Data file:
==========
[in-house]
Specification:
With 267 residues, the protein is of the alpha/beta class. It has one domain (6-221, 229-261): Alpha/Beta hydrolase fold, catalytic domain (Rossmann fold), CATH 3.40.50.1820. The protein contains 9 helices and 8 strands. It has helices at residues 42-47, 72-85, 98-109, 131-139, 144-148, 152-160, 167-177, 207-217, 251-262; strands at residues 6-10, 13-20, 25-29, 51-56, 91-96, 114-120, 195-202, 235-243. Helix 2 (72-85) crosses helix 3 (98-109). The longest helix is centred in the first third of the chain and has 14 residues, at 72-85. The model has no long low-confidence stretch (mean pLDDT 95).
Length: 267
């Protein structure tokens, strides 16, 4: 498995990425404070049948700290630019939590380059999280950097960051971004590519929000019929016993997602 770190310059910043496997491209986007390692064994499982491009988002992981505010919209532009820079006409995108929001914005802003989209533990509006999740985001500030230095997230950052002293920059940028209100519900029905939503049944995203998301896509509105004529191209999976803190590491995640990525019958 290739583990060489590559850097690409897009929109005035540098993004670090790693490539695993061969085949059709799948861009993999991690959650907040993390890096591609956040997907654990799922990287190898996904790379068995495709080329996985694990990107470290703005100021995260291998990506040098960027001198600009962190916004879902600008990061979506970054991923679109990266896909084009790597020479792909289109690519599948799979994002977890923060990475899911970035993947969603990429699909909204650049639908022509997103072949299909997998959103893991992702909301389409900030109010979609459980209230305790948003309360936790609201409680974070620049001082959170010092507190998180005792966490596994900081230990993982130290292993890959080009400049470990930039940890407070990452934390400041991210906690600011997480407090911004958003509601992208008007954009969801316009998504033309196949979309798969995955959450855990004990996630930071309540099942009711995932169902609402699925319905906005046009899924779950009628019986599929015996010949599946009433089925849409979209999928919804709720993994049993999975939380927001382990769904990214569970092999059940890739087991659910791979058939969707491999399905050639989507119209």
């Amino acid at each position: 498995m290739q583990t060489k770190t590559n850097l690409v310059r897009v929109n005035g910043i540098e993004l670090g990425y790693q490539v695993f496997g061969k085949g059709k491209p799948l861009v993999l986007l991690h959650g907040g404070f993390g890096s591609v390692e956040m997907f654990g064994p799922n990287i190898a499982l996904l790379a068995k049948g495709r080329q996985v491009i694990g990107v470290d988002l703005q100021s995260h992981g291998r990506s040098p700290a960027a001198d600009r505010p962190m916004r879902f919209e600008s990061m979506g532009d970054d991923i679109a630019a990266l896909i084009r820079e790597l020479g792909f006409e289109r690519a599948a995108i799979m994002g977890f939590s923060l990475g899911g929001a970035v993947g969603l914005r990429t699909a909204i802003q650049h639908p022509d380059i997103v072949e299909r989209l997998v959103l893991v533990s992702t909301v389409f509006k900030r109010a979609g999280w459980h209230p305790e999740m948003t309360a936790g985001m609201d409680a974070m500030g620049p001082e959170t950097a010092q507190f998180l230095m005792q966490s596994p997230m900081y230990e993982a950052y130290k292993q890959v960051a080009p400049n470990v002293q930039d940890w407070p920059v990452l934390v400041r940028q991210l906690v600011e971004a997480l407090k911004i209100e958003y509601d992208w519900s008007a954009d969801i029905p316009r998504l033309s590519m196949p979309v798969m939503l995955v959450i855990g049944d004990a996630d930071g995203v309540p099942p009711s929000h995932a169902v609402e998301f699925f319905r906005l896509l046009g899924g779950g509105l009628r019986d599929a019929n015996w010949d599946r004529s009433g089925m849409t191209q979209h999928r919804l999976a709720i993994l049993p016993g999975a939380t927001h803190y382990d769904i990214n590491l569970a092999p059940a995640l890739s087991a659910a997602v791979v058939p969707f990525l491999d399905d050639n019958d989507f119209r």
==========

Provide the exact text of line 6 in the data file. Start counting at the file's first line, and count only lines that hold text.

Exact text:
């Amino acid at each position: 498995m290739q583990t060489k770190t590559n850097l690409v310059r897009v929109n005035g910043i540098e993004l670090g990425y790693q490539v695993f496997g061969k085949g059709k491209p799948l861009v993999l986007l991690h959650g907040g404070f993390g890096s591609v390692e956040m997907f654990g064994p799922n990287i190898a499982l996904l790379a068995k049948g495709r080329q996985v491009i694990g990107v470290d988002l703005q100021s995260h992981g291998r990506s040098p700290a960027a001198d600009r505010p962190m916004r879902f919209e600008s990061m979506g532009d970054d991923i679109a630019a990266l896909i084009r820079e790597l020479g792909f006409e289109r690519a599948a995108i799979m994002g977890f939590s923060l990475g899911g929001a970035v993947g969603l914005r990429t699909a909204i802003q650049h639908p022509d380059i997103v072949e299909r989209l997998v959103l893991v533990s992702t909301v389409f509006k900030r109010a979609g999280w459980h209230p305790e999740m948003t309360a936790g985001m609201d409680a974070m500030g620049p001082e959170t950097a010092q507190f998180l230095m005792q966490s596994p997230m900081y230990e993982a950052y130290k292993q890959v960051a080009p400049n470990v002293q930039d940890w407070p920059v990452l934390v400041r940028q991210l906690v600011e971004a997480l407090k911004i209100e958003y509601d992208w519900s008007a954009d969801i029905p316009r998504l033309s590519m196949p979309v798969m939503l995955v959450i855990g049944d004990a996630d930071g995203v309540p099942p009711s929000h995932a169902v609402e998301f699925f319905r906005l896509l046009g899924g779950g509105l009628r019986d599929a019929n015996w010949d599946r004529s009433g089925m849409t191209q979209h999928r919804l999976a709720i993994l049993p016993g999975a939380t927001h803190y382990d769904i990214n590491l569970a092999p059940a995640l890739s087991a659910a997602v791979v058939p969707f990525l491999d399905d050639n019958d989507f119209r």